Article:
Accompanying his love for India and its cuisine, Chef Zimmerman set out to learn as much as he could about Thai and Vietnamese food as well. He spent some time in Bangkok and even did a guest chef stint in Tokyo. His travels, vicarious and real, have made a strong impact on his approach to cuisine.

“I’m not interested in doing something fusion-y,” he explains. “Each dish that inspires me stays pretty truthful to its origin. They don’t get muddied up by things that don’t belong together or by me getting too creative with them. It’s just the way I think of them.”

While diners won’t find much by way of Asian or Mexican recipes at Zimmerman’s Michelin-starred restaurant Sepia, Proxi was always meant to be a direct expression of travel.

“I want to draw attention to the very different kinds of foods,” Zimmerman says. “It gives me the opportunity to learn more from communities, which is exactly why I started cooking like this in the first place.”

While Zimmerman has no intentions of opening an Indian restaurant, he is doing his part in embracing and celebrating Indian ingredients. “I buy so much that I’m on the ‘allowed to take the shopping cart out to the car’ basis with the Patel Brothers now. This is a big breakthrough!” He laughs.

The menu at Proxi, Chicago, is all about blurring boundaries with global flavors and fresh ingredients

With Zimmerman’s enthusiasm for exploring regional Indian cuisine, Proxi’s menu has seen the introduction of dishes like uttapum, dhokla, ras vada, rogan josh, and mango kulfi.

photo provided by www.proxichicago.com

“Thai and Vietnamese stuff tends to sell better,” he declares. “But it’s also a little more prominent on the menu.”

Zimmerman treats each new dish as a “litmus test”, to see how curious his audience is about these dishes. But it’s also a way for him to build credibility.

“I get a lot of people who come and look at the menu, and then they look over at me and go, ‘Hmm,’” he says, referencing guests who have lived in or grown up in places like Thailand and India. But then these same people—like me—often give his dishes a vote of authenticity.

I wonder aloud whether one can make an argument about Zimmerman’s cooking and cultural appropriation. He is not dismissive of this thought.

“I’m conflicted on that because I can see the premise and the argument but also…take Led Zepplin for example. Here’s a band that, for one thing, really did blatantly take music from artists. You could make a pretty strong case for them being cultural appropriators. But, you can also make an argument that they were part of a new British blues tradition that fell in love with a certain style of music, revered it, and wanted to be a part of it.”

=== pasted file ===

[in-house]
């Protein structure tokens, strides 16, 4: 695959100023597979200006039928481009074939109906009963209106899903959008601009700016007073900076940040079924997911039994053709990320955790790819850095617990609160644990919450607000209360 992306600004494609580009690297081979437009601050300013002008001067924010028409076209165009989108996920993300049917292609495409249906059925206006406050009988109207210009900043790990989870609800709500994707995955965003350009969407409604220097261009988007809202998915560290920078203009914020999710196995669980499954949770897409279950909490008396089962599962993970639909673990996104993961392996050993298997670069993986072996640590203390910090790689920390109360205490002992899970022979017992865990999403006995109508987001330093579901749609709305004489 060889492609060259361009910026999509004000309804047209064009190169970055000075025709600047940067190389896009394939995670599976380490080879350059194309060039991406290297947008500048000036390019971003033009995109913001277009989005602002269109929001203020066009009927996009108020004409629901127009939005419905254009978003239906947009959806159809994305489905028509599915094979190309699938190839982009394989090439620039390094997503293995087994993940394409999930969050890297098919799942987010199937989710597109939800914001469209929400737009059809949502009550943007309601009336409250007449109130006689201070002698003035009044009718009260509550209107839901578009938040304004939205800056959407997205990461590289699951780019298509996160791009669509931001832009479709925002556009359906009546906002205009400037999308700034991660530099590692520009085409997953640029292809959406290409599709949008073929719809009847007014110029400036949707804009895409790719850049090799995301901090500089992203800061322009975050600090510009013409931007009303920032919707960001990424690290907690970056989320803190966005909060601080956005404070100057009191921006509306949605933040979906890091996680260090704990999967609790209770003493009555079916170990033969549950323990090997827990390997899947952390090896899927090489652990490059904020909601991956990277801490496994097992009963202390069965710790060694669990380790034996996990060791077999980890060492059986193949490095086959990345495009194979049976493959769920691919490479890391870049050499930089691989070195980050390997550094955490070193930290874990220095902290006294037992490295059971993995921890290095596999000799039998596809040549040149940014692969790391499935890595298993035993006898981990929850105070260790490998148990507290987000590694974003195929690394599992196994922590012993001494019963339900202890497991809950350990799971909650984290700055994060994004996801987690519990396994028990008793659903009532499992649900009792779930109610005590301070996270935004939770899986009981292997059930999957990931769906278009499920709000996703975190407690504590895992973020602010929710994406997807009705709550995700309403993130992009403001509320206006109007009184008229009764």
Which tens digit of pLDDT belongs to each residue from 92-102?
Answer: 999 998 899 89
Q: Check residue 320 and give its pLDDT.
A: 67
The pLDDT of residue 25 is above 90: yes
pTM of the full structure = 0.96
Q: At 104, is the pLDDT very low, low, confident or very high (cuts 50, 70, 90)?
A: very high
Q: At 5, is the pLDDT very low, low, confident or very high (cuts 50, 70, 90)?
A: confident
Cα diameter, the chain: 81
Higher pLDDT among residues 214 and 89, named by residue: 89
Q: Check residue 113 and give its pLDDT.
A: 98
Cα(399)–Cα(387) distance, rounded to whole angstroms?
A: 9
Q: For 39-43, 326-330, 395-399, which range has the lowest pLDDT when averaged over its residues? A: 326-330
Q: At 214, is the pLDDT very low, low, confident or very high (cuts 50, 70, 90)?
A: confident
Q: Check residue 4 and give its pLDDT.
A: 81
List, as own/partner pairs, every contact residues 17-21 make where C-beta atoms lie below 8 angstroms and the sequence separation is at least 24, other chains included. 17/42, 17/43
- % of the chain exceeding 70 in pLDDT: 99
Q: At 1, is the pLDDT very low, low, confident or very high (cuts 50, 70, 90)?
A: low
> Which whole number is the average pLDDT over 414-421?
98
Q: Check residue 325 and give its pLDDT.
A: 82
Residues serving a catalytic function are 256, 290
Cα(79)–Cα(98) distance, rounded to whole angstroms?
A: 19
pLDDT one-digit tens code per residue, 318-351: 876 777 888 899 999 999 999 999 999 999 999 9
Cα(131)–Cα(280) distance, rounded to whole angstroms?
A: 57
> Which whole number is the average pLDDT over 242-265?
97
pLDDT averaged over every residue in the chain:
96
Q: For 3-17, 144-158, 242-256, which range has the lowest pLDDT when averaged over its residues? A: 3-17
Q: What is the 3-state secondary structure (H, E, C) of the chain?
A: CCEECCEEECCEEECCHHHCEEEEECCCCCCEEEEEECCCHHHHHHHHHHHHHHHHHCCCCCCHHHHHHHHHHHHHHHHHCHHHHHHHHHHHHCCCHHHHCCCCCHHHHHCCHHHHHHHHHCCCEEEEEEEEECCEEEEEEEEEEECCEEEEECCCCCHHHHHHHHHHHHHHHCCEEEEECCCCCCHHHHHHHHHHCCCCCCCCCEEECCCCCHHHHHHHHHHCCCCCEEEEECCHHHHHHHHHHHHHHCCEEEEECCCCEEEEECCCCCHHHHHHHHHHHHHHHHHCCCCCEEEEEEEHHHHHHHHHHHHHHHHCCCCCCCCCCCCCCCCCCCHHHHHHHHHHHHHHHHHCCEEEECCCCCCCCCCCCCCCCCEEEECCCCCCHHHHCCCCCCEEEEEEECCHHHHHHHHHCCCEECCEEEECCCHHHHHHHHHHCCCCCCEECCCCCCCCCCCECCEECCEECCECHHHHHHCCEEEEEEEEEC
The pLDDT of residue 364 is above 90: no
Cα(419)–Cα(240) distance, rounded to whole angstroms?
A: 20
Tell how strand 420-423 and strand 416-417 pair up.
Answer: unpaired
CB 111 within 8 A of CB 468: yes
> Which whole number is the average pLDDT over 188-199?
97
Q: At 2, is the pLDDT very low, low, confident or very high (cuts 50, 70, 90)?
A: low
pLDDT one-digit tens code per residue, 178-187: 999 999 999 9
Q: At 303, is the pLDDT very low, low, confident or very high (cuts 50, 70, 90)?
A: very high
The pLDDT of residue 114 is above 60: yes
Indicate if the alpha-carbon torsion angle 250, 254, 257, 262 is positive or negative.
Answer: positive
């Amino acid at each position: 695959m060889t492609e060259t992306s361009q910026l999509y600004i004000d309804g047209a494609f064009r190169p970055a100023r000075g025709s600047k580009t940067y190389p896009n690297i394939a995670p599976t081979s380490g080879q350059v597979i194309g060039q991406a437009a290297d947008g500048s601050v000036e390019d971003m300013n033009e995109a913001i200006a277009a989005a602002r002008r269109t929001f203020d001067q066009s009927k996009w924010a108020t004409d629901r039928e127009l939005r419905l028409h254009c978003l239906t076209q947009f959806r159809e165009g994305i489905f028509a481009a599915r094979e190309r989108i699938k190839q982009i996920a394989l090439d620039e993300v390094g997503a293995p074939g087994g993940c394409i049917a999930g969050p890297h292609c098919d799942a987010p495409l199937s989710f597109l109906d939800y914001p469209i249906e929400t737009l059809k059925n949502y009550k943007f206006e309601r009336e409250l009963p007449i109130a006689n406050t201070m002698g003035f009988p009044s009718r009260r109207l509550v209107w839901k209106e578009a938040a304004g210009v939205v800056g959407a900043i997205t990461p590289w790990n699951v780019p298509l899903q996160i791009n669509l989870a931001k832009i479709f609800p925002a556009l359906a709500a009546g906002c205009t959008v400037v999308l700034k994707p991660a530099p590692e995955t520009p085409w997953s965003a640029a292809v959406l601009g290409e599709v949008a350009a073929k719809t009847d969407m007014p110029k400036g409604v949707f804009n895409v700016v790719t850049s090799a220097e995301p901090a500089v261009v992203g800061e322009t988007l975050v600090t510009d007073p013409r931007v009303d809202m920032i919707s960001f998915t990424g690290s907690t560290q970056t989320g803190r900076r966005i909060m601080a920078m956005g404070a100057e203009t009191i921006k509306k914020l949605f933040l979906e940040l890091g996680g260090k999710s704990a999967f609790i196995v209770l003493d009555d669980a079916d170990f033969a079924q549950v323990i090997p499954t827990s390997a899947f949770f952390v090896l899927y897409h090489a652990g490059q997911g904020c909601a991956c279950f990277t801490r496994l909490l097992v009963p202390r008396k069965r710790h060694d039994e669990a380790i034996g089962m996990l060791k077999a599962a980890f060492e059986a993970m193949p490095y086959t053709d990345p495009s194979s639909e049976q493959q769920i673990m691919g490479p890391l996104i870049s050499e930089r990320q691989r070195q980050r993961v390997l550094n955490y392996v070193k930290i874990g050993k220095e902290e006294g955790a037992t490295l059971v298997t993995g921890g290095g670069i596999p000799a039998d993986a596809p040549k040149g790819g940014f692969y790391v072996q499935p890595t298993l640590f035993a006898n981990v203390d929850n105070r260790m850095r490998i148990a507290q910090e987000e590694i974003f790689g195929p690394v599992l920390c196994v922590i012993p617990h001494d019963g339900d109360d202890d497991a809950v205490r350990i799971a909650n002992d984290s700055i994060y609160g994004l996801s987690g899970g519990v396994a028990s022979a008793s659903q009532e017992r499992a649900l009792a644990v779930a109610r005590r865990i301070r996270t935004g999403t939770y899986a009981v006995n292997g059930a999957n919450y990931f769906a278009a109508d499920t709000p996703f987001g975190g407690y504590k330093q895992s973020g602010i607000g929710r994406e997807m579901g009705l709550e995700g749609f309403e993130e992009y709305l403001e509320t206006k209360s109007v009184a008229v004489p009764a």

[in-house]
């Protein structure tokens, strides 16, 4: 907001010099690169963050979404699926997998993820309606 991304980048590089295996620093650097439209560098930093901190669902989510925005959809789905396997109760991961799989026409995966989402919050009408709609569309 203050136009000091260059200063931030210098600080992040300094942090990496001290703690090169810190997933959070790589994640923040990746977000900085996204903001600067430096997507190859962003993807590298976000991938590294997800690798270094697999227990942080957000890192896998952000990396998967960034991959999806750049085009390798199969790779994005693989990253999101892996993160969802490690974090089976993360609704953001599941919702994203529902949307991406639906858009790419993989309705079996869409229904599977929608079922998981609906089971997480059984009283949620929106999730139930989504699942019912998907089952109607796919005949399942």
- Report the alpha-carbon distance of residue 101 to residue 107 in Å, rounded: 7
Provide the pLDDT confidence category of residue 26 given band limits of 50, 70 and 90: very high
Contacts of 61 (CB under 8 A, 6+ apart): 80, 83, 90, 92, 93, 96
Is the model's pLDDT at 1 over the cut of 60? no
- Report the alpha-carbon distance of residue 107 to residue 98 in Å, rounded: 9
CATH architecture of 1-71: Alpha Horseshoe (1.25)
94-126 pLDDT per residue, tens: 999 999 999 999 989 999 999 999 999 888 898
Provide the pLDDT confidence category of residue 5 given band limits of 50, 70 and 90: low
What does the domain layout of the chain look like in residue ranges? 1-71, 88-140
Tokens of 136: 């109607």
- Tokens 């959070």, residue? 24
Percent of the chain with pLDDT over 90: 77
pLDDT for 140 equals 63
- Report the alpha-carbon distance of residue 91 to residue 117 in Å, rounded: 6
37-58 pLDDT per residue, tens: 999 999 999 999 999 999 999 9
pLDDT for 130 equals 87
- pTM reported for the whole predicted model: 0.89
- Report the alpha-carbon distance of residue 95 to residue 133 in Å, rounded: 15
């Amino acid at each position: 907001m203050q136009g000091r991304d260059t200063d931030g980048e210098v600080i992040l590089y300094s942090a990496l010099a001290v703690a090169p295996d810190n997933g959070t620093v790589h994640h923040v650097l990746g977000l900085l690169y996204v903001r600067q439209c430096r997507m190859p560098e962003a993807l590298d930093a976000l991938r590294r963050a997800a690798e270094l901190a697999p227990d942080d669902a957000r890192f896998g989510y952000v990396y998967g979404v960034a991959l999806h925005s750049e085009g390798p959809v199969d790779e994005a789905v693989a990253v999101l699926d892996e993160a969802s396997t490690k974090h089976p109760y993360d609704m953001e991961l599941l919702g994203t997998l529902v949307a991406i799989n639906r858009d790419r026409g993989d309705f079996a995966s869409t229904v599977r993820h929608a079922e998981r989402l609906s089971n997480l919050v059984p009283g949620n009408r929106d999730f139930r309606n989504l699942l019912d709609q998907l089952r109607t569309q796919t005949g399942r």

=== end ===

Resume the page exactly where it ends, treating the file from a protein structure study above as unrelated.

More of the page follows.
In the past, white chefs have been hailed as artists or exploratory when introducing Mexican, Indian, Chinese, and Thai influences into their menus while chefs of those backgrounds often find their food cheapened or “ghettoized”. There’s a fine line between using these techniques and ingredients with no respect for where they came from and using them to help promote the culture and traditions they stand for.

While I remain an advocate for acknowledging the innate culture and politics that the restaurant industry represents and supporting chefs who are cooking the food of their people, I am also an ally for those who discover a cuisine and do their best to explore and honor it. This “blurring of boundaries” has made the fabric of food in America what it is today.

“A lot of what we do is my personal idea of American food because it’s the American food that I grew up with,” Zimmerman states. “I live in a country that allows me access to versions of all these cuisines that I was able to explore and learn something about. As a participant of food in America, these are the things that I like.”

Now, more than ever, coming together in celebration and respect of “the other” is crucial. What better way to do so than through food?

In celebration of inclusivity and the sharing of cultures through food, Un-Plated is hosting an exclusive collaboration between Proxi’s Chef Andrew Zimmerman and Tandoor Char House’s Chef Faraz Sardharia. Learn more about the event and purchase tickets here.

 

1 Comment

  1. Havovi Medora
    July 19, 2019 at 9:17 pm
    Reply

    Beautiful article.The Pani puri experience was mouthwatering.
    It is certainly an art to balance the flavours so that u feel that you are by a street cart on Marine Drive!